Tom Coughlin just won a Super Bowl with a team that squeaked into the playoffs on the final day of the season, and finished 9-7. His Super Bowl win five years ago was also unexpected, and it came with an upstart team riding a hot streak. He’s repeatedly survived in his position in the boiler room powered by the New York media despite the utter lack of job security and intense scrutiny he faces nearly every offseason.
So when his contract extension was inevitably announced, it was expected that long-term security and a strong vote of confidence would finally arrive. They did, sort of.
The team finalized a two-year extension for Coughlin Wednesday afternoon that will keep him under contract until the end of the 2014 season. The end result is a two year extension, but the contract is actually a brand new three-year deal, and not just two more added years onto Coughlin’s one remaining year in his current contract, according to Ralph Vacchiano of the New York Daily News. It’s worth $20 million and $6.7 million annually, which ranks Coughlin’s yearly paycheck sixth among head coaches, behind Bill Belichick (who’s widely rumored to be making $7.5 million annually), Sean Payton, Jeff Fisher, Pete Carroll, and Mike Shanahan (all of whom are paid $7 million, according to Forbes).
Coughlin escapes lame duck status since he won’t enter the final year of his contract this fall without an extension, a fate he was sure to avoid. Allowing a Super Bowl winning coach to start a season without a contract securing him beyond the end of said season is the ultimate sign of disrespect. However, a three-year commitment is a hesitant, and mild show of gratitude, despite the fuzzy and warm words both Coughlin and the Giants’ brass will say publicly.
His age was a likely factor. At 65 years old, Coughlin is the oldest active head coach in the NFL, and by extension in February he became the oldest coach to win a Super Bowl. He’s said repeatedly that father time is a friend, not a foe, and he hasn’t felt a strong desire to walk away from the game.
Retirement wasn’t given any consideration this offeason. While reading Coughlin’s words and then seeing his increasingly red-faced gesturing on the sidelines, it seems like in his mind retirement is something to be avoided, not embraced.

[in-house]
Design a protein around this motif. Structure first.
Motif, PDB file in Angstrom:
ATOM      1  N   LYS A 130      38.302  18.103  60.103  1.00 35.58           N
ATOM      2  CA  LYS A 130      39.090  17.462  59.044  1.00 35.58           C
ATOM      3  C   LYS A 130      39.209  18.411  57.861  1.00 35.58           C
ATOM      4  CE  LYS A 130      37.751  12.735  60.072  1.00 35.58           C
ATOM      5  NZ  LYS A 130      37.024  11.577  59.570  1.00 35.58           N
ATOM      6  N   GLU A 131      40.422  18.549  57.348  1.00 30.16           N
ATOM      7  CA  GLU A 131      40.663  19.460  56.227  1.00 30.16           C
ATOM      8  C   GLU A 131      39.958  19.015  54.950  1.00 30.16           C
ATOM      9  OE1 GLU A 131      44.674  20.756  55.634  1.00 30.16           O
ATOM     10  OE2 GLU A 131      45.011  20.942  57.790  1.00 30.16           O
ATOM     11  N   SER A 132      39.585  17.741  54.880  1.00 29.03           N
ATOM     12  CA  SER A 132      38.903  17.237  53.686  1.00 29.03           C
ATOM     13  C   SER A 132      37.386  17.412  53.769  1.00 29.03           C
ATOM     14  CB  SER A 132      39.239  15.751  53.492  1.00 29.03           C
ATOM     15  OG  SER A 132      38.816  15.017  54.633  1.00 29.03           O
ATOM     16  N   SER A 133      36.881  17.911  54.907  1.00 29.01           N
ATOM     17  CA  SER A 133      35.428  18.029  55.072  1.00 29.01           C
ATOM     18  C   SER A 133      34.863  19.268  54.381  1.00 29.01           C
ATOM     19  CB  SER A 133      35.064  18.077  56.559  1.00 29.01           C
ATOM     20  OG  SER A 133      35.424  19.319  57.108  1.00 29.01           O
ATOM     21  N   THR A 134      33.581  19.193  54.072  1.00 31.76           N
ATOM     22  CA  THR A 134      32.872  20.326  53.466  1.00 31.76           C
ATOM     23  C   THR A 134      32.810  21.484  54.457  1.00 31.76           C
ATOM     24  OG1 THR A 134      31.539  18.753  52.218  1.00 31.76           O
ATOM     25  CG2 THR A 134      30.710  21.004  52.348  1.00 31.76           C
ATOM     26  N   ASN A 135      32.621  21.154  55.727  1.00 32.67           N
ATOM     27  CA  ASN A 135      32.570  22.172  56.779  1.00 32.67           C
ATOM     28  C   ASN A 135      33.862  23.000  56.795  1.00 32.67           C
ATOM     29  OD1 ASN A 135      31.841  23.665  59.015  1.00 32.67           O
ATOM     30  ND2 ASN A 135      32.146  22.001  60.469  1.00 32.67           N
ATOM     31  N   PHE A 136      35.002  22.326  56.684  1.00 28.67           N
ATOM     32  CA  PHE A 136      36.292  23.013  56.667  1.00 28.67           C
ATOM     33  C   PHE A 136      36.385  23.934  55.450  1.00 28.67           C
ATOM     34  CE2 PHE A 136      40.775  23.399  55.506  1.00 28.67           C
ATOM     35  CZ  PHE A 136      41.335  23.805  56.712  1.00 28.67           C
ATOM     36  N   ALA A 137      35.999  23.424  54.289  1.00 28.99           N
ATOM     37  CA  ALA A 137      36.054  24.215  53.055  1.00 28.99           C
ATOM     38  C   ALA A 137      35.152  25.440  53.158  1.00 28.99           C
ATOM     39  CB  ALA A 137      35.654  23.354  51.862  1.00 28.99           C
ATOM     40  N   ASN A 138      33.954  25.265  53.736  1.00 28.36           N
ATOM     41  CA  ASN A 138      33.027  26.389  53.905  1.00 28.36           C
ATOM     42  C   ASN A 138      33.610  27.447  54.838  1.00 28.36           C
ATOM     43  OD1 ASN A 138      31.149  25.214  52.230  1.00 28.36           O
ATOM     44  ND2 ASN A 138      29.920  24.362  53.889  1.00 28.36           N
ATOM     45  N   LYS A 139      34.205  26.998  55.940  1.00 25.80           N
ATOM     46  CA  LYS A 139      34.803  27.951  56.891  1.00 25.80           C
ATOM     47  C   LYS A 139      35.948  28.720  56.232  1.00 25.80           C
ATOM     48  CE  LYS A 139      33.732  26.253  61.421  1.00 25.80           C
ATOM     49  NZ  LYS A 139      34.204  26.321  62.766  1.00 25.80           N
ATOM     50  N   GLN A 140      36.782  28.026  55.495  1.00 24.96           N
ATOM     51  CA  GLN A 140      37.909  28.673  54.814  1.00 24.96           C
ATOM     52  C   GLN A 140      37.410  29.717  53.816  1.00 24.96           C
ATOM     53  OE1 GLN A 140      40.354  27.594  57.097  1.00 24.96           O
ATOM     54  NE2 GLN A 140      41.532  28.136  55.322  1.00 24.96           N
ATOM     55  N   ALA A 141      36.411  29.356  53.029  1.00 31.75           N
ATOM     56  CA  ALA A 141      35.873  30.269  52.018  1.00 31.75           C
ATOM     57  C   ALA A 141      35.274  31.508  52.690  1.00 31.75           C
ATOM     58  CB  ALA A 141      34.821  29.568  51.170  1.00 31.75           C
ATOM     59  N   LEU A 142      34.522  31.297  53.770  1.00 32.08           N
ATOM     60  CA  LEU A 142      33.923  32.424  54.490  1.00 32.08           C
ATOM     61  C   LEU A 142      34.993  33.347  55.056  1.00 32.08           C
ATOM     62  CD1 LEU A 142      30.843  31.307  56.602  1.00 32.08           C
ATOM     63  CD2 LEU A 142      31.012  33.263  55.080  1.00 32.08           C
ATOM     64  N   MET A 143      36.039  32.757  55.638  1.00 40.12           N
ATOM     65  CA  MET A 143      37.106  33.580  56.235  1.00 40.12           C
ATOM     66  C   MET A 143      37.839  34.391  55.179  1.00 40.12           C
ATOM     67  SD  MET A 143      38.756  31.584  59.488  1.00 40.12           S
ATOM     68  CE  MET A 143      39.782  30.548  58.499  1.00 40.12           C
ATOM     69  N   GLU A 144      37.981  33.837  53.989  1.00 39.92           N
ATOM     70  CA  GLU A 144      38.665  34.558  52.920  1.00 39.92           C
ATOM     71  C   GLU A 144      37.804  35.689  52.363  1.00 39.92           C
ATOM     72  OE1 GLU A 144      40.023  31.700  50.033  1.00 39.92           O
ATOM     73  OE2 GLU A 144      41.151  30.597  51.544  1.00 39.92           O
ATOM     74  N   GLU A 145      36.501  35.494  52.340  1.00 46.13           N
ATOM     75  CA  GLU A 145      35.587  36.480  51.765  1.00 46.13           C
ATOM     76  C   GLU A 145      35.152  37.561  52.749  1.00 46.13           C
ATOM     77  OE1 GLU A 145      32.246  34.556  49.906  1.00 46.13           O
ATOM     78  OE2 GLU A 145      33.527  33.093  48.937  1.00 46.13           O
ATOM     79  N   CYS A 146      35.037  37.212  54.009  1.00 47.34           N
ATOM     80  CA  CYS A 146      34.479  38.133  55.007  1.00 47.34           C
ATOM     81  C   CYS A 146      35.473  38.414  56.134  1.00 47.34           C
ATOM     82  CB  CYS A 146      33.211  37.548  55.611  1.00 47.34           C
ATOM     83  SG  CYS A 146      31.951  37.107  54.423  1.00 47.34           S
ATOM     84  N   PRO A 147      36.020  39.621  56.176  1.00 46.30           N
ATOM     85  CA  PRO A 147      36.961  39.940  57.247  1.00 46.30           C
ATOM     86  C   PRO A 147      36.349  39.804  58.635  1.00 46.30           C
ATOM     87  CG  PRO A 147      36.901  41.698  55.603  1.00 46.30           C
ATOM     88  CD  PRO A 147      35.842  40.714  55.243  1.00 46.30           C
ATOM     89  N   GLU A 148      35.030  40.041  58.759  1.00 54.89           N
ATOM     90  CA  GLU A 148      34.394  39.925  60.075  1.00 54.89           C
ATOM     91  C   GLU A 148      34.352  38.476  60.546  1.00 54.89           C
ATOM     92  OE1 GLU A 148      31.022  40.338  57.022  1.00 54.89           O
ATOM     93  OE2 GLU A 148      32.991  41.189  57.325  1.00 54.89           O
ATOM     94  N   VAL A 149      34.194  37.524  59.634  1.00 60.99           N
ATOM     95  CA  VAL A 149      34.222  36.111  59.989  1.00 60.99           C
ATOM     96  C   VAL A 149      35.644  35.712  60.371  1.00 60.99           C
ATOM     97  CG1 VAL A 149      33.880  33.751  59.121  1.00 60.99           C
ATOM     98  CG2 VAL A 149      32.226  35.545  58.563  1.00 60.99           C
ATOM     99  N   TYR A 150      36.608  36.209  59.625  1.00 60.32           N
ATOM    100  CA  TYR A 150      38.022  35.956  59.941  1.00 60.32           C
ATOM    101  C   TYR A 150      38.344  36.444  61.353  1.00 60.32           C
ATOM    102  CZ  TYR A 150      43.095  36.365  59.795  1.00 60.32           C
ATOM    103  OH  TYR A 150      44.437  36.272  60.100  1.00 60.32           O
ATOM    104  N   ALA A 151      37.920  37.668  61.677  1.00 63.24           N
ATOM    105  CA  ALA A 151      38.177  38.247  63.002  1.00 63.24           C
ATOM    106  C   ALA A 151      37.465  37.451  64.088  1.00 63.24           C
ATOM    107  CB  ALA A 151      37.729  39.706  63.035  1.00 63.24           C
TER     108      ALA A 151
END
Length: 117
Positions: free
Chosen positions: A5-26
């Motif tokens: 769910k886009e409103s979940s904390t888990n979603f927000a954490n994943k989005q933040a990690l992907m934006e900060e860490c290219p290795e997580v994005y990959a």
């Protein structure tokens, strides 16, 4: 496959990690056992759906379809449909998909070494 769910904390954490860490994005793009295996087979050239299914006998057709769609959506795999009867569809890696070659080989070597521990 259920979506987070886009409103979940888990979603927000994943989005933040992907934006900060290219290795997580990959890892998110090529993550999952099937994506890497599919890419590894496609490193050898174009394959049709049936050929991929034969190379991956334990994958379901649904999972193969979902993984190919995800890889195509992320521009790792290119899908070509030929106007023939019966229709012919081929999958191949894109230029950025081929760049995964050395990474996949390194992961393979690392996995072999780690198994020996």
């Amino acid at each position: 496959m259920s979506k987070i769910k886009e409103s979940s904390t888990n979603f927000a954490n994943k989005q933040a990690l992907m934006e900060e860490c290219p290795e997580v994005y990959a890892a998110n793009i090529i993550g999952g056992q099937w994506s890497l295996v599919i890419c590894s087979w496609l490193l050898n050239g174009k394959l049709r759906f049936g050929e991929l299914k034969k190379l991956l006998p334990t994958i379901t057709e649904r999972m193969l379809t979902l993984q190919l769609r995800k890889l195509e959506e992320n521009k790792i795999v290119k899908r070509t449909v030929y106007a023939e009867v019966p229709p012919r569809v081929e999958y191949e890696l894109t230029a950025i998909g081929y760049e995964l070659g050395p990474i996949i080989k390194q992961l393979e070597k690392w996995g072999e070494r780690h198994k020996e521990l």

Here’s what he said just a few weeks ago…
“I’m not mentally, not physically, ready [to retire]. I feel I have good energy. I’m excited every day. The competitiveness, the nature of the business, is something that I’m still excited about. I don’t wander down that path. I don’t think about retirement. I enjoy the situation I’m in. I appreciate the backing I’ve received from [Giants] ownership and the way the players have responded to our program.
“I really don’t feel any pull or tug in another direction. I look at it on a yearly basis. In our business, no matter how many years they give you on the contract, it’s a one-year deal anyway.”
Those don’t sound like the words of a man who enjoys being away from a football field. Instead, Coughlin’s beginning to sound like the NFL’s Bear Bryant.
The most important part of that quote, though, are the very last words. Coughlin’s perspective here is vital, and he’s been around long enough to know that the coaching business is one where championships earn respect, but not necessarily job security. He knows that only the truly elite, upper echelon coaches are tied to one franchise, and given ultimate, unquestioned security.
But Coughlin is an elite coach, and now he’s lacking an elite commitment. Owner John Mara likely wants to gauge his head coach as he fades further into the clutches of age, and he’ll keep renewing the team’s commitment with short contracts until Coughlin no longer wants to continue. That’s why this deal is sufficient, but a four-year extension would have kept Coughlin on board until he reached the still manageable age of 70, and it would have given him further security through a greater commitment. Given his longevity, age shouldn’t be a concern, as the former Jaguars coach will likely be on a sideline until he’s at least 98.
Now Coughlin will coach just one more year before dealing with lame duck questions again entering the 2013 season. That’s not how an elite head coach–and maybe the NFL’s best head coach–should be treated as he fades into possibly his final years.
It’s alright, though, because contract questions are becoming routine now.